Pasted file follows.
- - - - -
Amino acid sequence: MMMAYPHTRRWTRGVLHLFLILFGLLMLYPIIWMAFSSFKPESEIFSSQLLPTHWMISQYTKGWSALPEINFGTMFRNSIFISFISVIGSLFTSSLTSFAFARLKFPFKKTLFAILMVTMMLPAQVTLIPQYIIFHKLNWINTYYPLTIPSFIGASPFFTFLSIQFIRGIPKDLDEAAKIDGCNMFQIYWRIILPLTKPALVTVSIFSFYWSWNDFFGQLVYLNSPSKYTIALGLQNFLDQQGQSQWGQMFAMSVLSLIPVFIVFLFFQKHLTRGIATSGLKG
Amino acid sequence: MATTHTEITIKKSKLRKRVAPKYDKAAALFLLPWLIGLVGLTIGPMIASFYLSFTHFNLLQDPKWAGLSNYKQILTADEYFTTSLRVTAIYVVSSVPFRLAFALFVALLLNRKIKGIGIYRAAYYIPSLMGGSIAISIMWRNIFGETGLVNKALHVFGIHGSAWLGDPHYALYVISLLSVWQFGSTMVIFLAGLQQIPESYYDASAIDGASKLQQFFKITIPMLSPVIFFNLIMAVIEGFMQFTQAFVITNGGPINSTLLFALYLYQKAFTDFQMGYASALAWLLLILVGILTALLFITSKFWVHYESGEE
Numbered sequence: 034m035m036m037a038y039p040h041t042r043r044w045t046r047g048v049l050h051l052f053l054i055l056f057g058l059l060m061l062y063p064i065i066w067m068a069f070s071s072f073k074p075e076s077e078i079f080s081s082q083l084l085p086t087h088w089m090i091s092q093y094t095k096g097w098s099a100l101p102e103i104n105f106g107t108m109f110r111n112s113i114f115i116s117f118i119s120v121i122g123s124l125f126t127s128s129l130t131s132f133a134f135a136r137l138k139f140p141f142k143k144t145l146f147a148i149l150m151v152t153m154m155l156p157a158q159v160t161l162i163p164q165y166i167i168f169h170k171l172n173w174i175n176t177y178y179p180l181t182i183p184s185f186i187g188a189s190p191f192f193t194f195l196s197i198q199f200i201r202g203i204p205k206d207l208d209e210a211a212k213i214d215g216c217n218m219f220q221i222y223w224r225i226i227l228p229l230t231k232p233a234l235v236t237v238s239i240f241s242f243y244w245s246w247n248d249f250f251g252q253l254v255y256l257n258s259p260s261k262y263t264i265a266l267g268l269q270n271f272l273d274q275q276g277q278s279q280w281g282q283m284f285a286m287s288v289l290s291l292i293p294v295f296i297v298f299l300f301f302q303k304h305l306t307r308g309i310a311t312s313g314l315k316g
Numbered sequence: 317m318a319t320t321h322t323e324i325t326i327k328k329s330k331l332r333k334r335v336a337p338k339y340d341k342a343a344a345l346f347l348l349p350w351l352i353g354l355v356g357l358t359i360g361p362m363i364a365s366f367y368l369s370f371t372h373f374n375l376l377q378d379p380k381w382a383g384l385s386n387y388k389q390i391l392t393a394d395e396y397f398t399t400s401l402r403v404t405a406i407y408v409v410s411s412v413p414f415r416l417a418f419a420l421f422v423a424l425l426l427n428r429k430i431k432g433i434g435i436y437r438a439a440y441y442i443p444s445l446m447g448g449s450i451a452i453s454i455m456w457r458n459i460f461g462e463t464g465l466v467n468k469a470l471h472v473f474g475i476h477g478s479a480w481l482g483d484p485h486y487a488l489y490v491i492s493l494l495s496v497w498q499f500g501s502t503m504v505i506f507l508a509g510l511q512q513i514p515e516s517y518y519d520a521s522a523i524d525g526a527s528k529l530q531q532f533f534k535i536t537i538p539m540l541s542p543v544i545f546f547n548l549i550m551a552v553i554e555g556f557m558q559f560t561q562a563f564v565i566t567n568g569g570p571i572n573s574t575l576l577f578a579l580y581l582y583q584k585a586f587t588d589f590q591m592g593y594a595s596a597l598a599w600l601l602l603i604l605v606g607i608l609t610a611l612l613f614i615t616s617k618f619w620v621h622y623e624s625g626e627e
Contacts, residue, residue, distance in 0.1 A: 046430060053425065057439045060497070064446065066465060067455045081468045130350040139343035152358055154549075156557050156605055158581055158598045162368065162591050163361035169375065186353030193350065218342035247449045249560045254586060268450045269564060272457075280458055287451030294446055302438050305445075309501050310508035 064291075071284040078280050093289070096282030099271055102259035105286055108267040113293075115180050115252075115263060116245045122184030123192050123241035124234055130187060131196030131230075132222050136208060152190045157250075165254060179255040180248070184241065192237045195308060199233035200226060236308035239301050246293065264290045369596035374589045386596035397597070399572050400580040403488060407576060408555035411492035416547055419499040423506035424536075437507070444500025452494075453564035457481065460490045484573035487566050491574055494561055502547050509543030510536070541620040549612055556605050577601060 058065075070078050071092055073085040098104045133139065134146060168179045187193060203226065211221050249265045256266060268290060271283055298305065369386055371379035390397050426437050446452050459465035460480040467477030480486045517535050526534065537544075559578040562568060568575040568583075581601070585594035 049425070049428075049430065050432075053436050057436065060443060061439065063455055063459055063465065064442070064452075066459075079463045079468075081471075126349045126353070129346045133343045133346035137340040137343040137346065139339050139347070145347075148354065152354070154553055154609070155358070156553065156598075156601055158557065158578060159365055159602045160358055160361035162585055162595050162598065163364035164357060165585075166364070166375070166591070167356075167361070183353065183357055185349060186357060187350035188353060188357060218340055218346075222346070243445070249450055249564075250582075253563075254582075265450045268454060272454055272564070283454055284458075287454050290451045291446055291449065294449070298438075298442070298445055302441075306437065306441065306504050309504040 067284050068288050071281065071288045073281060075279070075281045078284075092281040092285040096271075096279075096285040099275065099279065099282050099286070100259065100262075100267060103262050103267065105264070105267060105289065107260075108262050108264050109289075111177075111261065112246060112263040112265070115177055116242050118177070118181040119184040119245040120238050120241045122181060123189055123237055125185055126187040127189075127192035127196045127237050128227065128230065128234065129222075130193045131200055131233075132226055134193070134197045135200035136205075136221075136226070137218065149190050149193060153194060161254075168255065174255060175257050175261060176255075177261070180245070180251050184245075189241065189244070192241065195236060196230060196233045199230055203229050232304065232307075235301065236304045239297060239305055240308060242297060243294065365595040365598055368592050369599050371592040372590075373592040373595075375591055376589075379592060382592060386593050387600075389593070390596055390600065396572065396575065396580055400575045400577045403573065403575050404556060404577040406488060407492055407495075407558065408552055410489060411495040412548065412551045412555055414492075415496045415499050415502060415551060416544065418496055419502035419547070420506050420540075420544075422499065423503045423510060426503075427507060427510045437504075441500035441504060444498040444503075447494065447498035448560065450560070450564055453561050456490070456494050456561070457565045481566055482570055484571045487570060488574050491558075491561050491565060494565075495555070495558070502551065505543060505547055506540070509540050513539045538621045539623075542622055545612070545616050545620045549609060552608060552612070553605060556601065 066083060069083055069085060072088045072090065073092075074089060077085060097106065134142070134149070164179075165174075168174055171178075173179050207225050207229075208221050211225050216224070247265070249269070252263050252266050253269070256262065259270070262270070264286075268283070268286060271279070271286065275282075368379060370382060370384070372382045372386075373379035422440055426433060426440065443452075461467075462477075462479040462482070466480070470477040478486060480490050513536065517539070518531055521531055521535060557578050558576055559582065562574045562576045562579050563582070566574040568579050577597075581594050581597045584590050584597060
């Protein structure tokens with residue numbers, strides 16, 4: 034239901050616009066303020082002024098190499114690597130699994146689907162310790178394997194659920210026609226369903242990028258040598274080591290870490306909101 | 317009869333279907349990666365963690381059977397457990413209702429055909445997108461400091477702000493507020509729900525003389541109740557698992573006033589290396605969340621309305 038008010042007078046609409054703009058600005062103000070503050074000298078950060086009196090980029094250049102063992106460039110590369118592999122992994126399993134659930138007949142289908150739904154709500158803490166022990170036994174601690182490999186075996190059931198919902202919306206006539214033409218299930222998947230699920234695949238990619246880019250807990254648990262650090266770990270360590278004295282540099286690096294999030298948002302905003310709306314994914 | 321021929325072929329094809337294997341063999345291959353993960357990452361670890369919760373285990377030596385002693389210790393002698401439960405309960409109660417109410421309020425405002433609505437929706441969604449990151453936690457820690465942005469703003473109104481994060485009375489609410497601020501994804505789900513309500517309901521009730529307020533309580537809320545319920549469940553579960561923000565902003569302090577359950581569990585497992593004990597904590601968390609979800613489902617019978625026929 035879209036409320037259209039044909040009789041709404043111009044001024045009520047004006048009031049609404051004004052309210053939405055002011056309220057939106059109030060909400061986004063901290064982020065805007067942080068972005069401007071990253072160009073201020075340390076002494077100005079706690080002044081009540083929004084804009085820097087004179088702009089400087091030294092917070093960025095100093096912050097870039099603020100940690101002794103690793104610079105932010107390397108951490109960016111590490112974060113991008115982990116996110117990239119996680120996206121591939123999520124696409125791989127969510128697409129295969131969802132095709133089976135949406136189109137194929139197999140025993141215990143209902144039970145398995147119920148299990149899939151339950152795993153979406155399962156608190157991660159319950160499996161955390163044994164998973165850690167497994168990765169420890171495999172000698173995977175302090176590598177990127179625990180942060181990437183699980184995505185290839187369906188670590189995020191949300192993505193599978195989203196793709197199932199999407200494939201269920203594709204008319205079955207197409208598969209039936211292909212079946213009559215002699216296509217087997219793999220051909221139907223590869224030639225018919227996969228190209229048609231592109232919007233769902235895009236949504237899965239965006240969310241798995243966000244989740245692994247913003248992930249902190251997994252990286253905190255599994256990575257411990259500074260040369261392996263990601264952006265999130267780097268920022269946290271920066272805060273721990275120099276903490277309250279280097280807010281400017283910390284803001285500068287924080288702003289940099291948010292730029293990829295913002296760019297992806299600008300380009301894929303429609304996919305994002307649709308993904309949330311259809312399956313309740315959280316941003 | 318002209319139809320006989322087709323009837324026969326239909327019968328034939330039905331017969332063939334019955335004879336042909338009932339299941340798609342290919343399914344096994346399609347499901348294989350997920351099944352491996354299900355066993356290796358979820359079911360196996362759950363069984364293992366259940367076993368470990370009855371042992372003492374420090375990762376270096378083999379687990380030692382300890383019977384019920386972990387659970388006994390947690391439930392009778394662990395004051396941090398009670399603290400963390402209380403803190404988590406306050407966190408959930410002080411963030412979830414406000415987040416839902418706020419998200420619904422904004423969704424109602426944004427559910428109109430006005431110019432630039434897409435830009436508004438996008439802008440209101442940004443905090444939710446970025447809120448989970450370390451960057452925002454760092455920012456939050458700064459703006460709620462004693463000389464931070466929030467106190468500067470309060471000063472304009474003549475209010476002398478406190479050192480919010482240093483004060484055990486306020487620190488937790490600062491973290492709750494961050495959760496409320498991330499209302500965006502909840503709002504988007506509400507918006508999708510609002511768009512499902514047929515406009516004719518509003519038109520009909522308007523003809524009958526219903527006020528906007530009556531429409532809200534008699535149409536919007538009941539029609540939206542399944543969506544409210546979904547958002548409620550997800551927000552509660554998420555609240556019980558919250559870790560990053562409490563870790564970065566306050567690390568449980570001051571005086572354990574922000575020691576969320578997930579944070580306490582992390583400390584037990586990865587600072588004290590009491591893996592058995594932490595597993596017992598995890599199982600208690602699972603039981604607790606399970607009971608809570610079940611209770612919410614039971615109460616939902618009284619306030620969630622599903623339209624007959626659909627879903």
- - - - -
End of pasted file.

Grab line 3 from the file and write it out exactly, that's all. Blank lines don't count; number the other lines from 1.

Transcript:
Numbered sequence: 034m035m036m037a038y039p040h041t042r043r044w045t046r047g048v049l050h051l052f053l054i055l056f057g058l059l060m061l062y063p064i065i066w067m068a069f070s071s072f073k074p075e076s077e078i079f080s081s082q083l084l085p086t087h088w089m090i091s092q093y094t095k096g097w098s099a100l101p102e103i104n105f106g107t108m109f110r111n112s113i114f115i116s117f118i119s120v121i122g123s124l125f126t127s128s129l130t131s132f133a134f135a136r137l138k139f140p141f142k143k144t145l146f147a148i149l150m151v152t153m154m155l156p157a158q159v160t161l162i163p164q165y166i167i168f169h170k171l172n173w174i175n176t177y178y179p180l181t182i183p184s185f186i187g188a189s190p191f192f193t194f195l196s197i198q199f200i201r202g203i204p205k206d207l208d209e210a211a212k213i214d215g216c217n218m219f220q221i222y223w224r225i226i227l228p229l230t231k232p233a234l235v236t237v238s239i240f241s242f243y244w245s246w247n248d249f250f251g252q253l254v255y256l257n258s259p260s261k262y263t264i265a266l267g268l269q270n271f272l273d274q275q276g277q278s279q280w281g282q283m284f285a286m287s288v289l290s291l292i293p294v295f296i297v298f299l300f301f302q303k304h305l306t307r308g309i310a311t312s313g314l315k316g